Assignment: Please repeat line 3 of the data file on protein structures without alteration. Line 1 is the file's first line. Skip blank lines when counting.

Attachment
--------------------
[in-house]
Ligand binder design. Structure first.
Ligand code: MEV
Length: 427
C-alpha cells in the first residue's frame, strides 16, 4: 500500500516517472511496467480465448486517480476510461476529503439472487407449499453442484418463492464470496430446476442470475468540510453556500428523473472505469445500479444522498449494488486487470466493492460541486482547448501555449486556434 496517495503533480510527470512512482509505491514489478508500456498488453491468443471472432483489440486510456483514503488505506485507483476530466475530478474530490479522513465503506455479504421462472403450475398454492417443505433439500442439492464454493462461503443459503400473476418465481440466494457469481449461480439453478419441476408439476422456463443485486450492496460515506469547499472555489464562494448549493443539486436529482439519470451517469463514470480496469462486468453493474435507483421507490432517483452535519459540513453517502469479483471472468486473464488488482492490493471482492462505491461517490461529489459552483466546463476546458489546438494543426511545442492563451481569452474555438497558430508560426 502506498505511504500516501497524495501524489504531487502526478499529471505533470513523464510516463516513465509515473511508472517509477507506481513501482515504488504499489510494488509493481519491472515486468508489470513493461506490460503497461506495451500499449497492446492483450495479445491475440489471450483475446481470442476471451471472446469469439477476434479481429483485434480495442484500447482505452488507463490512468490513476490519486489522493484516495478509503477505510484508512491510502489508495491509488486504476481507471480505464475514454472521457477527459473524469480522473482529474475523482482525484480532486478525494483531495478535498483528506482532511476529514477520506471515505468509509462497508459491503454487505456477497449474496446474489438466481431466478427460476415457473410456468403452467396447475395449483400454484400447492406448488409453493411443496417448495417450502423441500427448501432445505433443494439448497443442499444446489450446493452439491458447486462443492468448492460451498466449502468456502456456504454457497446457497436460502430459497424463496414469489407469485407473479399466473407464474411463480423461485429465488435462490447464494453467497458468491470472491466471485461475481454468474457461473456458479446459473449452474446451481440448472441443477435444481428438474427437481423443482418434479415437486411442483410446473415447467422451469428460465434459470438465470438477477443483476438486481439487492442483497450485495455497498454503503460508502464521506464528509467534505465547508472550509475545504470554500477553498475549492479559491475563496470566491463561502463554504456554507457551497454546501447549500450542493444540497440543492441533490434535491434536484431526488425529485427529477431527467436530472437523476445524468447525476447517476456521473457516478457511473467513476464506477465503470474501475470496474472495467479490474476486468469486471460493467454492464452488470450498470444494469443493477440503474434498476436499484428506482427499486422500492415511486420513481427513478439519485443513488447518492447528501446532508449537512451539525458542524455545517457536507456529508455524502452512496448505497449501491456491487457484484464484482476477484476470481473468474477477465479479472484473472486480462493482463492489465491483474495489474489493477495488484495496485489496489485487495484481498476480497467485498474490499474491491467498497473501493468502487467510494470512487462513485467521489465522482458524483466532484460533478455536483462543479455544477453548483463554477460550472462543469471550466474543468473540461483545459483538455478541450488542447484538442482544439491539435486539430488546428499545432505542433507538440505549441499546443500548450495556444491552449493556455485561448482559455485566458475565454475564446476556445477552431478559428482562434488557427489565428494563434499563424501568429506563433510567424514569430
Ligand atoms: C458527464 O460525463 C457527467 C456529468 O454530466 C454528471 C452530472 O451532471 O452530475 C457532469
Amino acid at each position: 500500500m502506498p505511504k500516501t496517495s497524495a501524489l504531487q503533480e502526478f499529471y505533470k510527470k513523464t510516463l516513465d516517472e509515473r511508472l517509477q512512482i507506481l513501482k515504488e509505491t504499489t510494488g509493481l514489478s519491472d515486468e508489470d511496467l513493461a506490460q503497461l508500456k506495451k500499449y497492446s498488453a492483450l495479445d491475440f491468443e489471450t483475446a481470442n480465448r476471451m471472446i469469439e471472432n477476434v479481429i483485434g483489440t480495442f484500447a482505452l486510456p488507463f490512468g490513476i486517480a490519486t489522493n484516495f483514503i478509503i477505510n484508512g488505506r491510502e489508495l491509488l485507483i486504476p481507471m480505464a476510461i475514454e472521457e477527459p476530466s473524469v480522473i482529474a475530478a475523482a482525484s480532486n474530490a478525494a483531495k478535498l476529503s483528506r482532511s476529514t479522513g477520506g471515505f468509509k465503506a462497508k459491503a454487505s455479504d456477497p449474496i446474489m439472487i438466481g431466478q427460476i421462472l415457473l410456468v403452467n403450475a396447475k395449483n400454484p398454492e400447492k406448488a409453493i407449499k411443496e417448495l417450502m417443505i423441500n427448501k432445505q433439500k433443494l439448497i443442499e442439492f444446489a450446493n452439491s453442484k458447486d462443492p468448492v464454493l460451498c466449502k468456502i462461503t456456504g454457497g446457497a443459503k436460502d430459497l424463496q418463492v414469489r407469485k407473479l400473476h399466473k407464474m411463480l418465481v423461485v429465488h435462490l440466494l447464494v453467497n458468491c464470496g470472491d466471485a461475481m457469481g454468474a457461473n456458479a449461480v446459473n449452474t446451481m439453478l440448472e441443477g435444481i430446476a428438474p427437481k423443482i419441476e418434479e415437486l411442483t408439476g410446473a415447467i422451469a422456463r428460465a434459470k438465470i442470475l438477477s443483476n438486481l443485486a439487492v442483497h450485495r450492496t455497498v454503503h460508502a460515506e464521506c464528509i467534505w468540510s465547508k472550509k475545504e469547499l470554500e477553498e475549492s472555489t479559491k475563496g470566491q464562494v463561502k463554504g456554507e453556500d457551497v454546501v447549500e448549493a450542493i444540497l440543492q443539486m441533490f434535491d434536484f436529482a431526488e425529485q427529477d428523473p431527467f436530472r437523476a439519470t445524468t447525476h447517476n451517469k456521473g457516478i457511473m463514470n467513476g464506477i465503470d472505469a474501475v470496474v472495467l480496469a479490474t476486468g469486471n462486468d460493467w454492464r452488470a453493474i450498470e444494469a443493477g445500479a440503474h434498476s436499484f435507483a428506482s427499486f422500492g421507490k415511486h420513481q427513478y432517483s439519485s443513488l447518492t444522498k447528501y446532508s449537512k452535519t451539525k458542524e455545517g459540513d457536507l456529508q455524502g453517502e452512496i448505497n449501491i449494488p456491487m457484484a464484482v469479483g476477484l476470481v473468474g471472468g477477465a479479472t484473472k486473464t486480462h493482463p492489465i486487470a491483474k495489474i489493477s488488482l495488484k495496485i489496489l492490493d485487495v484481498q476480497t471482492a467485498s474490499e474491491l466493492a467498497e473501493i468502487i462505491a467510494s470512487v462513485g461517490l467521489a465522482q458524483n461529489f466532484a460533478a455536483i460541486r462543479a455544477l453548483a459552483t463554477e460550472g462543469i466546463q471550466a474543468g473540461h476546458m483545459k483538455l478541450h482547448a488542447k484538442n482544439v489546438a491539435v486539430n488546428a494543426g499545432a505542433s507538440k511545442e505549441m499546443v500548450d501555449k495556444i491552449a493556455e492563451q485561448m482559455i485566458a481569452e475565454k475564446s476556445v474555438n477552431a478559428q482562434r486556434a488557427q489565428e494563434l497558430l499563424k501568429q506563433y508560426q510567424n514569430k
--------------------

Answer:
Ligand code: MEV